Feature: WUE Program a Boon for WOU Student Population

Western Oregon University has been an active member of the Western Interstate Commission for Higher Education (WICHE) for more than a decade, but Director of Admissions Rob Findtner still meets students who are unfamiliar with WICHE’s most popular program, the Western Undergraduate Exchange (WUE).

“You can never assume that people know,” said Findtner, who, like other members of the Admissions team, travels around the western U.S. telling families about WOU. “You just have to remind people ‘We’re part of the WUE system.’ And the students who do know what it is will often chime in, educating other students about it. That’s great when that happens.”

The 16 western states and territories that are within the WICHE region can also participate in other programs, such as online-only education offerings, programs for graduate students and exchanges for aspiring health care professionals. But the most popular option for undergraduates is WUE, which last year helped more than 38,000 out-of-state students get discounted tuition, according to the WICHE website.

The premise behind the WUE program is that non-resident students from participating states pay about 150 percent of resident tuition rather than the full non-resident rate. So, at WOU, WUE students pay $12,075 per year compared with non-residents at $23,895. Oregon resident tuition is $8,040.

WICHE comprises Oregon, Washington, California, Nevada, Utah, Alaska, Arizona, Wyoming, North Dakota, South Dakota, Colorado, Hawaii, Montana, New Mexico, Guam and the Commonwealth of Northern Mariana Islands. Those last two were the most recent additions.

Not every university in WICHE states and territories participates in the WOU program. In Oregon, for example, Oregon State University and University of Oregon have withdrawn from the program. For bigger universities, it makes less financial sense to offer a tuition discount, Findtner said.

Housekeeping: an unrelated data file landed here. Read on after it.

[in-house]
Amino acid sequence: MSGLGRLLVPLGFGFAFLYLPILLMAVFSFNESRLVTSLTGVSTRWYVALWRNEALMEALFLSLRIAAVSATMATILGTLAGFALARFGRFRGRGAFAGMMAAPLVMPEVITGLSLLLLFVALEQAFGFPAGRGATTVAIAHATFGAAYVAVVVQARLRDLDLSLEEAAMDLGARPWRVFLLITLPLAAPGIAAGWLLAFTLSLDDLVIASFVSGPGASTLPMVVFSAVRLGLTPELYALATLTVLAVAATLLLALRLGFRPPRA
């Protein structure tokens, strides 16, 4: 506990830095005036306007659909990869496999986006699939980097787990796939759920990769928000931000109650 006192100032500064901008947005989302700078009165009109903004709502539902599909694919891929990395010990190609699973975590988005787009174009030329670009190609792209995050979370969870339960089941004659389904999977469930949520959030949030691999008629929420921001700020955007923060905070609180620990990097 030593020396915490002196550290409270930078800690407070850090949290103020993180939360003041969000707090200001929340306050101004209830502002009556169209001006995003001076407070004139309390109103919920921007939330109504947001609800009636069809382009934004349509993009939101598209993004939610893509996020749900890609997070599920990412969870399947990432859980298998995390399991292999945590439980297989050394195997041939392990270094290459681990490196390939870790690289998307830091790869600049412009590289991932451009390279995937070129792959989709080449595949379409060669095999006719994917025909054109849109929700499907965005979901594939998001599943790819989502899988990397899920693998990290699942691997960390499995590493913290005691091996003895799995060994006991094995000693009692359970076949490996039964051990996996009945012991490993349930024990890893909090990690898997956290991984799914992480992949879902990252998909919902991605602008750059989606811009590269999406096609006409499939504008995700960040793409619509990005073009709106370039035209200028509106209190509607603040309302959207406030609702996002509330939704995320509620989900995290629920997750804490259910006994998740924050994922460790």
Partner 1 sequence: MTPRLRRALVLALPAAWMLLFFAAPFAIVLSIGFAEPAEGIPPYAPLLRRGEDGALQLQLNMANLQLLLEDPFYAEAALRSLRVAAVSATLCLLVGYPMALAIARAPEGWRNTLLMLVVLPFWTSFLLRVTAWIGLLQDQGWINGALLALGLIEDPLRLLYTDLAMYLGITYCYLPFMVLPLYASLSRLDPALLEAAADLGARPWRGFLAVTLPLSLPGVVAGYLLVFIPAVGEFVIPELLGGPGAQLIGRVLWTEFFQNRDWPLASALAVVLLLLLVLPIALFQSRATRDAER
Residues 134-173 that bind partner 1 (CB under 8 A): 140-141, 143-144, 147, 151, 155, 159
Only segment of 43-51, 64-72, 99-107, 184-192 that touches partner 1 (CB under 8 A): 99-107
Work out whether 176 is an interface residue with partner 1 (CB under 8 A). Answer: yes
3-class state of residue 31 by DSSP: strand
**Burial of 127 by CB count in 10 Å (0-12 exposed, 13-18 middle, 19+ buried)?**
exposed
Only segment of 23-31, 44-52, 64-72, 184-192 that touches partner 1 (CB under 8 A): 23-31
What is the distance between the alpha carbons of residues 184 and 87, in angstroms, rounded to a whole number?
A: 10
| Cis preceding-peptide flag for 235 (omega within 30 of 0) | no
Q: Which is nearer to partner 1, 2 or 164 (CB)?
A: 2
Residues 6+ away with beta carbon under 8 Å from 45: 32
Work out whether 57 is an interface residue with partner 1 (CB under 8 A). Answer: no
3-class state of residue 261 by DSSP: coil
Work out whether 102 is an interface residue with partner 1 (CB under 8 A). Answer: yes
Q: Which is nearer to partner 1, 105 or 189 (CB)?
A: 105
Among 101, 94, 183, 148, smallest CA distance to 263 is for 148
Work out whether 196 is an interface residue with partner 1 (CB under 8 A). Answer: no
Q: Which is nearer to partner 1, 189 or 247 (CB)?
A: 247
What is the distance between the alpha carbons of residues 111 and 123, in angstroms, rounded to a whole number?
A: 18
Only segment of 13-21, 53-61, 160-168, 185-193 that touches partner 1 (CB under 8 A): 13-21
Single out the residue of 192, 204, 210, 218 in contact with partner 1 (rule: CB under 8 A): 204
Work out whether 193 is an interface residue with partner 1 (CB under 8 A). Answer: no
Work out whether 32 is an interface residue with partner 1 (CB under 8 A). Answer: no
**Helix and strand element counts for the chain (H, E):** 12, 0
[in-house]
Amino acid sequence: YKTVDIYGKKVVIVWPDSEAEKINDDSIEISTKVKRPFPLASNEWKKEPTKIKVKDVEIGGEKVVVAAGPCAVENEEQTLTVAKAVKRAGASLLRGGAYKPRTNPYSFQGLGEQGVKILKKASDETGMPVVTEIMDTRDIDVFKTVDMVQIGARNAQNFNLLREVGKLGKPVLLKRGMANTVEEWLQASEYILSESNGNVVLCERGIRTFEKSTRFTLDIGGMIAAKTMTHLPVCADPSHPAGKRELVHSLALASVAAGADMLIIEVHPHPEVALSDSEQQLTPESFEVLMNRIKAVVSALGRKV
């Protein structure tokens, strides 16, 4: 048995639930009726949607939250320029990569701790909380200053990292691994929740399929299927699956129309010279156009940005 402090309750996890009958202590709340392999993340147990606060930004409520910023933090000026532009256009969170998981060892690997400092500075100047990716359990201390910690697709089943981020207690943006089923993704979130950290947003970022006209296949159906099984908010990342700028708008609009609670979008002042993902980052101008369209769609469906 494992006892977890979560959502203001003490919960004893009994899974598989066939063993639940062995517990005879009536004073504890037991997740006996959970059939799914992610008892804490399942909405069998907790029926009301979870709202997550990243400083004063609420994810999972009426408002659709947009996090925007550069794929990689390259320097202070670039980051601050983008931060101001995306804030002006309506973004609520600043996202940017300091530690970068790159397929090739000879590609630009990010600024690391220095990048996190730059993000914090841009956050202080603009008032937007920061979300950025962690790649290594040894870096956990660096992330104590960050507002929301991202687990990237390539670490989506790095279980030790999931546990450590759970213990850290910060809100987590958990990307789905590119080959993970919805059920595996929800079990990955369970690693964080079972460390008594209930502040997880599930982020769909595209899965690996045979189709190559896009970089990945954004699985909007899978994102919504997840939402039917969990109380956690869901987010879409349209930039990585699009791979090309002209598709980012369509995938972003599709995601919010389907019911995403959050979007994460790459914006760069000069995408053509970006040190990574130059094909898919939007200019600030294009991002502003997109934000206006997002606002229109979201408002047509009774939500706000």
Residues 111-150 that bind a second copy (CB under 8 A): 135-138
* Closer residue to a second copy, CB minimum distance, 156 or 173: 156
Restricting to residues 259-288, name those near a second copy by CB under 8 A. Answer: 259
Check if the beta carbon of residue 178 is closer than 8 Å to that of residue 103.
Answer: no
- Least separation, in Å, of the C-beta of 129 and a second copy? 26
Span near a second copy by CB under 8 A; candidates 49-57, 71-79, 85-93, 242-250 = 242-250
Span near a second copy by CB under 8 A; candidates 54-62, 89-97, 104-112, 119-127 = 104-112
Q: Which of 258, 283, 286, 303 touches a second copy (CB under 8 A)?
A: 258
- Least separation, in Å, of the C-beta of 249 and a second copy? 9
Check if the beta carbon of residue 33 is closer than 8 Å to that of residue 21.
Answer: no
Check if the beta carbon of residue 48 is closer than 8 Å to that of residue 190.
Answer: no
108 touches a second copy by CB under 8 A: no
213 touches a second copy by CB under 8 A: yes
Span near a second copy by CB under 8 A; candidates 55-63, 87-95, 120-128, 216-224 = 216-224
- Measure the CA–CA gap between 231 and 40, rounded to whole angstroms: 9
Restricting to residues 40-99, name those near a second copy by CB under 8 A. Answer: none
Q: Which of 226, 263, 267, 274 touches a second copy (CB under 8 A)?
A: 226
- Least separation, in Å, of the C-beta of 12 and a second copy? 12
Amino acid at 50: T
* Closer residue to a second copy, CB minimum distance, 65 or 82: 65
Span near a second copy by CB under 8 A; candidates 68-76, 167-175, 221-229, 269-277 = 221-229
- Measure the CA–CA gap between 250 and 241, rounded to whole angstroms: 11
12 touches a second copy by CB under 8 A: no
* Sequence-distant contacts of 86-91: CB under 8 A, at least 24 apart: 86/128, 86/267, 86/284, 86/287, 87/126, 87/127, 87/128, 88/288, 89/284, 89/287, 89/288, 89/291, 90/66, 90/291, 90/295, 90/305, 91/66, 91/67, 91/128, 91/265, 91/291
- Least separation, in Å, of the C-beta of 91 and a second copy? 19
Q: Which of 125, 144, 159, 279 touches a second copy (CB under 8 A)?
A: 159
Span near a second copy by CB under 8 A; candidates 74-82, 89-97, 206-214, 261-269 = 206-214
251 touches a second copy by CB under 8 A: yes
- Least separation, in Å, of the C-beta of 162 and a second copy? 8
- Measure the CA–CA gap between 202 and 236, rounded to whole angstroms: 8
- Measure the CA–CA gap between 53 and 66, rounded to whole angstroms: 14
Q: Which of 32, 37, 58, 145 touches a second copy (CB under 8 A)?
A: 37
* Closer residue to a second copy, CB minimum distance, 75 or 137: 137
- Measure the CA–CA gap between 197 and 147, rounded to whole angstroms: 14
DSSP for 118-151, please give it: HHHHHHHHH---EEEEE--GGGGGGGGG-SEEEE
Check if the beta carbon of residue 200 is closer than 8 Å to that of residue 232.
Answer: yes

“For large campuses, it can be a revenue loser,” he explained. “But a campus the size of WOU, it really helps in terms of boosting enrollment and diversifying our student population. It makes life so much easier for families who were looking for schools that have a WUE-friendly policy.”

WOU’s policy is especially generous, in keeping with the university’s core value of making a high-quality education accessible to more students. Not only do WOU students get the special tuition rate, they can also apply for the full range of WOU scholarships and even select the Tuition Promise guaranteed rate plan.

While other schools restrict the major programs that WUE students have access to, WOU does not set such limits. So students who are looking for an education degree, for example, but their in-state institutions don’t offer such a program, are welcome at WOU. Some universities also put WUE applicants into a sort of raffle for limited enrollment spots, and others require a higher GPA for out-of-state students. WOU’s inclusive offerings are part of its appeal.

“Families could say, ‘I’m going to go to the WICHE site and see who has WUE. OK, Western Oregon has it, and every major is available. As long as you are admitted, you get it.’ Seems like it’s a very friendly WUE approach,” Findtner said.

The open-door policy seems to be working. WOU currently has 785 students who pay the WUE tuition rate, which is about 15 percent of the student population. Most are from California, Hawaii and Washington, but there at least a few from most WICHE states. Colorado, in particular, seems to be a growth area. Kristin Mahoney is the Admissions team member who recruits in that state.

“A lot of the Colorado students are ready to travel, ready to go out,” Mahoney said. “Colorado parents were interested in the financials, and the students wanted to know which majors qualified for WUE. I get to tell them that all majors were covered, plus they could still apply for scholarships.”

Hawaii is another state that has embraced WUE and WOU, largely because high school guidance counselors on the islands are sure to tell students about the program. WOU has by far the highest percentage of students of Native Hawaiian or Pacific Islander heritage of any Oregon public university, including the state’s three large campuses.

Other Oregon regional schools such as EOU and SOU also participate in WUE. SOU draws heavily from California, especially residents in the northern part of the state. OIT, as one of few polytechnic universities in the Northwest, is a destination for students who want to go into a science field but don’t want to pay out-state-tuition at a non-participant school such as OSU or University of Washington.

Whatever the circumstances a student is in, WOU welcomes WUE students with open arms to the benefit of the university.

“WUE gives us somewhat of a competitive advantage when there’s a family from Colorado or Wyoming or even Washington that’s looked at PSU or OSU or some private schools and they see Western Oregon and see that, not only do we participate in WUE, but out-of-state students are still eligible for merit-based scholarships. We can put together a pretty competitive tuition package,” Findtner said.

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